1. ^ Lewis, Samuel, A Topographical Dictionary of England. Institute of Historical Research, 1848, Print.

Other References

  1. Browne, James. The History of Scotland it's Highlands, Regiments and Clans 8 Volumes. Edinburgh: Francis A Niccolls & Co, 1909. Print.
  2. Skene, William Forbes Edition. Chronicles of the Picts, Chronicles of the Scots and Other Early Memorials of Scottish History. Edinburgh: H.M. General Register House, 1867. Print.
  3. Shaw, William A. Knights of England A Complete Record from the Earliest Time to the Present Day of the Knights of all the Orders of Chivalry in England, Scotland, Ireland and Knights Bachelors 2 Volumes. Baltimore: Genealogical Publishing. Print. (ISBN 080630443X).
  4. The Norman People and Their Existing Descendants in the British Dominions and the United States Of America. Baltimore: Genealogical Publishing, 1975. Print. (ISBN 0-8063-0636-X).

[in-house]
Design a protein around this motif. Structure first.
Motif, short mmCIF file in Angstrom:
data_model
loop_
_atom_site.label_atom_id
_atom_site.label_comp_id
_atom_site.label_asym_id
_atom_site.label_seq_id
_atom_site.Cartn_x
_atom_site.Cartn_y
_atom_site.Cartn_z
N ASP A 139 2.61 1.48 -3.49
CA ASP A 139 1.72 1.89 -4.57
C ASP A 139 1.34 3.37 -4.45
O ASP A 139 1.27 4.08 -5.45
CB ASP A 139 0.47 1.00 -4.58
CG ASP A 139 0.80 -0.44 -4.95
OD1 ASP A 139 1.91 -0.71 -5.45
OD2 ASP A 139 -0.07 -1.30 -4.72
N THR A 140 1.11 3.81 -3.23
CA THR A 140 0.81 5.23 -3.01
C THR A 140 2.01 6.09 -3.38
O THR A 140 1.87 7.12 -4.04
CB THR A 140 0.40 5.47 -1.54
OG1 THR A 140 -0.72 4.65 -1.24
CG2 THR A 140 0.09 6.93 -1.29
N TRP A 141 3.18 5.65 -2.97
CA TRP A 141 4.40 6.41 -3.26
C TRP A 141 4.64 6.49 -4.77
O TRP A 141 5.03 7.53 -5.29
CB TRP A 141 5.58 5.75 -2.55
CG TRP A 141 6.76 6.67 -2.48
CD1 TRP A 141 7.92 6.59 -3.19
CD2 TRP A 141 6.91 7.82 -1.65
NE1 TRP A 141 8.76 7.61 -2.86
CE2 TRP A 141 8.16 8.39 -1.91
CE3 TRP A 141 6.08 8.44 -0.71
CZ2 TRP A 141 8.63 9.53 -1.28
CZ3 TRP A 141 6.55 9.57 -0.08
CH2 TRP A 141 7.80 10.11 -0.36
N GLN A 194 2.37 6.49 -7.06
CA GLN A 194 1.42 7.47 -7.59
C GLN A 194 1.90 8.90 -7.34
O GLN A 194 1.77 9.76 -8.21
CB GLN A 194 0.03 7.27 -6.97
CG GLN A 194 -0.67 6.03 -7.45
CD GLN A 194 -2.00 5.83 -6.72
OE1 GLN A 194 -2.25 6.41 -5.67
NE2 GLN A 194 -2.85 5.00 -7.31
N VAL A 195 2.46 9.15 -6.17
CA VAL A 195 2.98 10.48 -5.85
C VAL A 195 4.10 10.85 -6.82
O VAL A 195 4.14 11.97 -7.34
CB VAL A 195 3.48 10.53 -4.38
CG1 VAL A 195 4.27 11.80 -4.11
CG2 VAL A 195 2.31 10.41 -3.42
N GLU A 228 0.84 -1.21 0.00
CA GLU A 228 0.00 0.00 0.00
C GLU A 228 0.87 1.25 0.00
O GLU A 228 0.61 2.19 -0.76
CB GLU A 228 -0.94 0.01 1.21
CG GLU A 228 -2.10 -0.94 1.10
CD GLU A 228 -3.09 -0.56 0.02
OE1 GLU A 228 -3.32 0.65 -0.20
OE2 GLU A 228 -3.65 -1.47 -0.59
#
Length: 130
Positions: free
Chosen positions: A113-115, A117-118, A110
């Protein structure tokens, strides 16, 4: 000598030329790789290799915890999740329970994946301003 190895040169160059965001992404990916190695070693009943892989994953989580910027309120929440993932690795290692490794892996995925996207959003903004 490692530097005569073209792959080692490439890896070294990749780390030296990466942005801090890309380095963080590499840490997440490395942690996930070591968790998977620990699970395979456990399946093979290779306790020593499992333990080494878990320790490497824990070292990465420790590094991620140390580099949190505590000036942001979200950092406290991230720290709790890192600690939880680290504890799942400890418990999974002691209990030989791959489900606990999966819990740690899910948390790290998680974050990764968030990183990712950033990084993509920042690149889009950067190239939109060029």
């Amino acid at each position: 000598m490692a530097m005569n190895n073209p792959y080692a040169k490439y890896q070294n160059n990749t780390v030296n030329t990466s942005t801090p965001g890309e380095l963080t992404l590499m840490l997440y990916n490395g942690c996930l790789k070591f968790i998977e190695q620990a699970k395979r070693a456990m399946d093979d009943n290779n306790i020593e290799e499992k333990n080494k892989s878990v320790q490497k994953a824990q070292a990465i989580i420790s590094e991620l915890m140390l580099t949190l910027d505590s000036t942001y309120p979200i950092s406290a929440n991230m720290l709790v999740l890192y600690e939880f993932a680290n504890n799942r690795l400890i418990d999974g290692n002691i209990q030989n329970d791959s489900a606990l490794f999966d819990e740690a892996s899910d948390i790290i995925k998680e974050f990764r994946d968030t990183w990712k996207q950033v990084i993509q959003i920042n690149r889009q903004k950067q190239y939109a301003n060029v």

5. Barrow, G.W.S Ed. Acts of Malcom IV 1153-65 Volume I Regesta Regum Scottorum 1153-1424. Edinburgh: Edinburgh University Press, 1960. Print.
  6. Skordas, Guest. Ed. The Early Settlers of Maryland an Index to Names or Immigrants Complied from Records of Land Patents 1633-1680 in the Hall of Records Annapolis, Maryland. Baltimore: Genealogical Publishing, 1968. Print.
  7. Bowman, George Ernest. The Mayflower Reader A Selection of Articales from The Mayflower Descendent. Baltimore: Genealogical Publishing. Print.
  8. Burke, John Bernard Ed. The Roll of Battle Abbey. Baltimore: Genealogical Publishing. Print.
  9. Moncrieffe, Sir Ian of That Ilk and Don Pottinger. Clan Map Scotland of Old. Edinburgh: Bartholomew and Son, 1983. Print.
  10. Bolton, Charles Knowles. Bolton's American Armory. Baltimore: Heraldic Book Company, 1964. Print.
  11. ...

The Grey Family Crest was acquired from the Houseofnames.com archives. The Grey Family Crest was drawn according to heraldic standards based on published blazons. We generally include the oldest published family crest once associated with each surname.

This page was last modified on 14 March 2016 at 14:31.